From Around the Blogroll

Kentucky basketball whips North Carolina to pass first test without Poythress
By Jerry Tipton | December 13, 2014

Kentucky’s Marcus Lee battled for a rebound in the first half against North Carolina. (Mark Cornelison, staff photographer, Lexington Herald-Leader)

When Karl-Anthony Towns stepped to the foul line to try to extend a 16-point lead Saturday, a Kentucky fan could be heard calling out to Roy Williams.”Hey, Roy!” he yelled at the North Carolina coach. “How about ‘dem Cats?!”

By then (4:56 left), No. 1 Kentucky was well on the way to a heady 84-70 victory over the Tar Heels and, maybe more importantly, showing that the sudden loss of Alex Poythress less than 48 hours earlier might not be problematic. It certainly wasn’t in game one of the post-Poythress portion of the season.

But even with a convincing victory over No. 21 North Carolina, UK Coach John Calipari advised the Big Blue Nation to proceed cautiously.

“I’m going to tell you, the biggest issue (remains) with us missing Alex,” Calipari said. “And it doesn’t go away. Don’t think, well, they played well without Alex.”

Somewhere, sometime, maybe against UCLA next Saturday or at Louisville the following Saturday, Kentucky will need an athletic play that can’t be scripted or taught.

“Trey doesn’t do that,” Calipari said of Trey Lyles, who started in Poythress’s place against North Carolina. “Trey’s a totally different player. Karl does some of it, but not like Alex does.”

Poythress could do that. But he’s gone after tearing his left anterior cruciate ligament in practice Thursday. To compensate, Calipari said, Kentucky must become more efficient on offense and even better on defense.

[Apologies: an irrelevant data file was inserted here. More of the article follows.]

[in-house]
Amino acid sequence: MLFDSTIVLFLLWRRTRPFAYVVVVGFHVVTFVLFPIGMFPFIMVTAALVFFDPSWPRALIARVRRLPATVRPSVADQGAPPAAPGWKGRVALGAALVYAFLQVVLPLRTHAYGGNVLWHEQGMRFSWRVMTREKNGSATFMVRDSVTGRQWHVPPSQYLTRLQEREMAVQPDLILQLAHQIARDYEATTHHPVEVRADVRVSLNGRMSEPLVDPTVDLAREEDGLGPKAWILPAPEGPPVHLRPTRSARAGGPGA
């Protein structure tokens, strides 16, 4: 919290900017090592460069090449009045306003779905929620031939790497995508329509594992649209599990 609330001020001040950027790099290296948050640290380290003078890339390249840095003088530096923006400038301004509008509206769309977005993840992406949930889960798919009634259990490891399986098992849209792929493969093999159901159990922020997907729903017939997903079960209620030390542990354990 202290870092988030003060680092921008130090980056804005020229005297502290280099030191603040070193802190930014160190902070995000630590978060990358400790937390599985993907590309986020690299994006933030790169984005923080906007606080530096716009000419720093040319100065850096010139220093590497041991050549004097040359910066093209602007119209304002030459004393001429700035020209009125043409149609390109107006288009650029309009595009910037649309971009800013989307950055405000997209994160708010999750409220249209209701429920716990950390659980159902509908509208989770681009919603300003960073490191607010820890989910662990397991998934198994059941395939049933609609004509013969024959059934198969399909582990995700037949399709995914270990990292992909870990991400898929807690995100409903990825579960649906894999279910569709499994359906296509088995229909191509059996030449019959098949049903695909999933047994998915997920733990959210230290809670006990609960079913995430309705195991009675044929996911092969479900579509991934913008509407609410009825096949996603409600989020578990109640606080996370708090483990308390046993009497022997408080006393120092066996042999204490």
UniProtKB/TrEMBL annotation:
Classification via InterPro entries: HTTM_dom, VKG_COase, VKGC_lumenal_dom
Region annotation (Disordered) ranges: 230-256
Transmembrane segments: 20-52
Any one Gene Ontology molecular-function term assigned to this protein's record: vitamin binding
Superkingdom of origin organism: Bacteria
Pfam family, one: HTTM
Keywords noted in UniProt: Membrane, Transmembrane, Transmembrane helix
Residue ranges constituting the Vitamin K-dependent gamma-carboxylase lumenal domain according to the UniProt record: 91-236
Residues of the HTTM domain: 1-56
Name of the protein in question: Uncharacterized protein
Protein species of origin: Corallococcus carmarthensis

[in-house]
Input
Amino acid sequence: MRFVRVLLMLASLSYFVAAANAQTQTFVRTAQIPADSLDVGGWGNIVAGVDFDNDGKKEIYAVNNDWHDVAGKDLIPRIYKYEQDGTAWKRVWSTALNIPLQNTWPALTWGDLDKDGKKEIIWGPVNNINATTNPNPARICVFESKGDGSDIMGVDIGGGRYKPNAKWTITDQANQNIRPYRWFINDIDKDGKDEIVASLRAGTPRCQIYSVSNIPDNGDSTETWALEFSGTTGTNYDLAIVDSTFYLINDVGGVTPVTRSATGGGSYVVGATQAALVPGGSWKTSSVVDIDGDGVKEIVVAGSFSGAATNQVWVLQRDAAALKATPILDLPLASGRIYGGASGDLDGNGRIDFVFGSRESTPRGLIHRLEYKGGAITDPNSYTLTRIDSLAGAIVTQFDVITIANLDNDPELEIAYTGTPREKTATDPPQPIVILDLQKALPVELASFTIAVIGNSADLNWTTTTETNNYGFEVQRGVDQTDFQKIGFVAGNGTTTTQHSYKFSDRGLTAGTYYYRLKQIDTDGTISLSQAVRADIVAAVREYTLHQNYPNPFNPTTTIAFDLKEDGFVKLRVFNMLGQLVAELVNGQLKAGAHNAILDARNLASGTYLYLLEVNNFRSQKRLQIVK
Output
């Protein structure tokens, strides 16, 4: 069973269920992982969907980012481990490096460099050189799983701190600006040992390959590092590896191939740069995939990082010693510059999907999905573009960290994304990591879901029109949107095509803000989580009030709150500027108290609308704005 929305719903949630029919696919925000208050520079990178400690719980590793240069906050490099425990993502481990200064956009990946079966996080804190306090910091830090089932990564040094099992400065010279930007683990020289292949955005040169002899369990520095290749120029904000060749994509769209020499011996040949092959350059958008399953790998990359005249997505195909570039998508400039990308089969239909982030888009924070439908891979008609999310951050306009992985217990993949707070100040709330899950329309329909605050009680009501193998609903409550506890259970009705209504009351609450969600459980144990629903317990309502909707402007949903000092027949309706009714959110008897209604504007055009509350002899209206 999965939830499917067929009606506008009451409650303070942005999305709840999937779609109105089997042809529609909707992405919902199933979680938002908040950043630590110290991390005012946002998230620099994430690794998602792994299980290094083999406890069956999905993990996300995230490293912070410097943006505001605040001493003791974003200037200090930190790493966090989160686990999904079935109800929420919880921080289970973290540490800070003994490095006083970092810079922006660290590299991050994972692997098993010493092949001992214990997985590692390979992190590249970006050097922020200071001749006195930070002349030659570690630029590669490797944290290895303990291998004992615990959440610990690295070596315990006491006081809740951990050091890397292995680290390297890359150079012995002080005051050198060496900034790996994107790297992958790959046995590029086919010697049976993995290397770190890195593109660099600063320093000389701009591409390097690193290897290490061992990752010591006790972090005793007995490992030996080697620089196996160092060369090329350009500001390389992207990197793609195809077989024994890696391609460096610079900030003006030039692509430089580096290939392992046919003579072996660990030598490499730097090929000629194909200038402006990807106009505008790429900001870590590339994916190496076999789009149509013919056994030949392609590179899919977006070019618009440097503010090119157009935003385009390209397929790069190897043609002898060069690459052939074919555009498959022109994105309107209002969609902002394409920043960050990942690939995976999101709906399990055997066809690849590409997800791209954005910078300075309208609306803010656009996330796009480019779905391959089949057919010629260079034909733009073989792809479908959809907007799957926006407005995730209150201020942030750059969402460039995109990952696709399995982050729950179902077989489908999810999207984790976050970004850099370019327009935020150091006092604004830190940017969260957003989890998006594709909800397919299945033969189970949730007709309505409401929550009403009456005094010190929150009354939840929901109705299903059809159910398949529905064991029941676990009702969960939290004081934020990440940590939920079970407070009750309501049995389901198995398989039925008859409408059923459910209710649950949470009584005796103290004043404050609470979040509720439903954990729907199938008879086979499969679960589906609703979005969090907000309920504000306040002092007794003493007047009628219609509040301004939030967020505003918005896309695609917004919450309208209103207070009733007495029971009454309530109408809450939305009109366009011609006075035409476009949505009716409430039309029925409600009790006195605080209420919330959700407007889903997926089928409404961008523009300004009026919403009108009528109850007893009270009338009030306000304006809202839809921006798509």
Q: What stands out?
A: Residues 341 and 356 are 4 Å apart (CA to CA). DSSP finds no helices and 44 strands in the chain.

“So we’re not in the position to have to have that play,” he said. “Because it’s not there anymore.”

Read more here:

UK is undefeated and ranked number one in the nation, with one more currently ranked team on its schedule, the #4 University of Louisville Cardinals on December 27th.

And now, on to the blogroll!

This is what Senator Feinstein was trying to accomplish

From the Associated Press, via The Philadelphia Inquirer:

U.S. officials must be prosecuted, U.N. says
John Heilprin, Associated Press | Posted: Thursday, December 11, 2014, 1:08 AM

GENEVA, Switzerland – All senior U.S. officials and CIA agents who authorized or carried out torture like waterboarding as part of former President George W. Bush’s national security policy must be prosecuted, top U.N. officials said Wednesday.

It’s not clear, however, how human-rights officials think these prosecutions will take place, since the Justice Department has declined to prosecute and the United States is not a member of the International Criminal Court.

Zeid Raad al-Hussein, the U.N. high commissioner for human rights, said it’s “crystal clear” under international law that the United States, which ratified the U.N. Convention Against Torture in 1994, now has an obligation to ensure accountability.

“In all countries, if someone commits murder, they are prosecuted and jailed. If they commit rape or armed robbery, they are prosecuted and jailed. If they order, enable or commit torture – recognized as a serious international crime – they cannot simply be granted impunity because of political expediency,” he said.

U.N. Secretary-General Ban Ki-moon hopes the U.S. Senate Intelligence Committee report on the CIA’s harsh interrogation techniques at secret overseas facilities is the “start of a process” toward prosecutions, because the “prohibition against torture is absolute,” Ban’s spokesman said.

More at the link.

The lovely Senator Feinstein is trying to get some sort of revenge against President Bush, Vice President Cheney and the people fighting the Islamists around the world. This statement by the Secretary-General increases the chances that senior Bush Administration officials might be arrested if they traveled abroad.

Of course, the proper response of any President who had any actual balls — we recognize that this excludes President Obama — should be, to any country which attempts to seize or arrest any American on these charges is that that country must release our people, immediately, or it will become a radioactive black hole in the ground.